Heavy drinking has been a way of life in Ireland, long considered a natural response to 400 years of extreme poverty, starvation and persecution. But in 2003, in an effort to break the cycle and create a more family-friendly environment, Irish government officials enacted a ban on any promotional activity in bars and pubs -- such as two-for-one "happy hour" pricing -- that was likely to encourage people to drink excessively.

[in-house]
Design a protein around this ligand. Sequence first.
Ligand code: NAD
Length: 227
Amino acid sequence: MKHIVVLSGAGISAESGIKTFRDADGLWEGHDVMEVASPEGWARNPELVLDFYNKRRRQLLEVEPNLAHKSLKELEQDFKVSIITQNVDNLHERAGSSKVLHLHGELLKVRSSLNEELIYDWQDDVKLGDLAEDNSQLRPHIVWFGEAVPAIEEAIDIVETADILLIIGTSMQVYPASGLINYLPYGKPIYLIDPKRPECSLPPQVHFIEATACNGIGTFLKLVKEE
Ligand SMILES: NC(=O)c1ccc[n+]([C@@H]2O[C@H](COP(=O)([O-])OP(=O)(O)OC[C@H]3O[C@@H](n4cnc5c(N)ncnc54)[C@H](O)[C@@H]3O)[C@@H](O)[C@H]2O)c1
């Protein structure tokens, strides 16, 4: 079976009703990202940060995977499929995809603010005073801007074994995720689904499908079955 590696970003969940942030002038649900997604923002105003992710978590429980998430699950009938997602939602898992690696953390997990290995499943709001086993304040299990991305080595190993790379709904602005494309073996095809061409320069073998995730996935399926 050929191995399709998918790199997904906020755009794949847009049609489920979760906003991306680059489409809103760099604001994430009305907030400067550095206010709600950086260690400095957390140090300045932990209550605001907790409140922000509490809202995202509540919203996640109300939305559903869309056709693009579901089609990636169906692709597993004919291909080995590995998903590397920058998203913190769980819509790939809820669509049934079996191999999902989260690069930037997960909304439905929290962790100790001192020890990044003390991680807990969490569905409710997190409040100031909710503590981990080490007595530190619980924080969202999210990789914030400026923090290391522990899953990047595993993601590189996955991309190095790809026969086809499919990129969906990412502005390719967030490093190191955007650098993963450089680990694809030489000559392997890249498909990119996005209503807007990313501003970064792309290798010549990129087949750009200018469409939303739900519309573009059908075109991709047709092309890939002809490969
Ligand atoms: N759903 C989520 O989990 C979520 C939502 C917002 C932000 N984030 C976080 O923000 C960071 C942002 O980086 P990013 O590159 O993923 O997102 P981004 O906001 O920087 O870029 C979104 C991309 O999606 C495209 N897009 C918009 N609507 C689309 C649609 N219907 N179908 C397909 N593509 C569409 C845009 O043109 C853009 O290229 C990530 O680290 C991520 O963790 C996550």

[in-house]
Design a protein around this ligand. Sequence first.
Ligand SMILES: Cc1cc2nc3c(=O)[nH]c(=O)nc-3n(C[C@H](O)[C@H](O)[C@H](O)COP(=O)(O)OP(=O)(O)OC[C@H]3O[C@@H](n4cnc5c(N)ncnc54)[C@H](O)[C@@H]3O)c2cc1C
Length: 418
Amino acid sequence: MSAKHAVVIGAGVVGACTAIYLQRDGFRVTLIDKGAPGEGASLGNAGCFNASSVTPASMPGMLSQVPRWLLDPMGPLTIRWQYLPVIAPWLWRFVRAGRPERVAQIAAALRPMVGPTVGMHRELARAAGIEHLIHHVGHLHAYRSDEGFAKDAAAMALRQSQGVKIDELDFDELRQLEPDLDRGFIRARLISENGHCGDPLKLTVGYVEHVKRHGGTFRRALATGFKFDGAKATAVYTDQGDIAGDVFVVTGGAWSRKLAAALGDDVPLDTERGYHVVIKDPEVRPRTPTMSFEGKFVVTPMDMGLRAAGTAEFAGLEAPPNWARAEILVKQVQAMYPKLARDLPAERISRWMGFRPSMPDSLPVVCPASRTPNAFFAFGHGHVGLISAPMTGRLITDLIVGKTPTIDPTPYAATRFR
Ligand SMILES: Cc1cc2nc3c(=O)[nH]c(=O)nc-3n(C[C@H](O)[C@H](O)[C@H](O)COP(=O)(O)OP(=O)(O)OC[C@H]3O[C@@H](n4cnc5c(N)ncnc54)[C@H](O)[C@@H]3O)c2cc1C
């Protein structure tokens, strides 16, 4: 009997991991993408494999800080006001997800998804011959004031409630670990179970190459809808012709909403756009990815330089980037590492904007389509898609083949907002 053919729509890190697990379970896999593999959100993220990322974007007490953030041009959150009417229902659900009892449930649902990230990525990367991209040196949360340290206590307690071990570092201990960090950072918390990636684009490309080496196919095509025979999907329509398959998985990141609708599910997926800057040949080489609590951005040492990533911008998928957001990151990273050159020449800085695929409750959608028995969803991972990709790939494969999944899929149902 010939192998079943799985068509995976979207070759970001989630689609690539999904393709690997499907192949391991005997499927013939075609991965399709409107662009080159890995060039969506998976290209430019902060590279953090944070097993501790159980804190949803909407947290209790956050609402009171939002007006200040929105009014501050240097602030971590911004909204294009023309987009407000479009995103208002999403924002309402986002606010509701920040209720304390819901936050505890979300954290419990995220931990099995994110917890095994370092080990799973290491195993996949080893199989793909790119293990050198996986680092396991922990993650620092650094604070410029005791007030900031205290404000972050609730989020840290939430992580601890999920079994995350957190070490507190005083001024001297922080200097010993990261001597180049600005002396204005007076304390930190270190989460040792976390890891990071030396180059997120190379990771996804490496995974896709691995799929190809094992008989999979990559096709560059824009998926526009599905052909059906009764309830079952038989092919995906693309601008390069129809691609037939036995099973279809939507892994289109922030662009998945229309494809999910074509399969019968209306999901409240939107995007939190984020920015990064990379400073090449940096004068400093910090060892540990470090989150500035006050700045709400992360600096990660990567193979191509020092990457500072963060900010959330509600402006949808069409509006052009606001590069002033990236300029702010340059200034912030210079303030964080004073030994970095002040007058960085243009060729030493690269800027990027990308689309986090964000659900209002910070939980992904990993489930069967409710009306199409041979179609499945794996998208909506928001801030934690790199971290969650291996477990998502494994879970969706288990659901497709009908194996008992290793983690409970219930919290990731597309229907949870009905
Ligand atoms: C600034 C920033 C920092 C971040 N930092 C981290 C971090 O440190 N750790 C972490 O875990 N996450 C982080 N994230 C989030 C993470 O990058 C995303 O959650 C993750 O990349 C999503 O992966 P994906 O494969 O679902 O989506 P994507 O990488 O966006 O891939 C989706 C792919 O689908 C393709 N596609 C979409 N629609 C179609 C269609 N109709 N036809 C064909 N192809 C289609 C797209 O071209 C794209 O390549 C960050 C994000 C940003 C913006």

Centuries of drowning sorrows:
- Irish drinking patterns, particularly imbibing regularly to intoxication, have their roots in history. The living conditions of the Irish peasantry during the 17th and 18th centuries were abominable.
- Periodic famine led to life-threatening starvation, fatal diseases, loss of lands through eviction and banishment to inhospitable regions of the country.
- To dull the pain of hunger and humiliation, the peasantry drank home-distilled poitin, made from potatoes or grain. A poitin still could produce up to 12 gallons of Irish whiskey at a time.
More Info: Irish Independent
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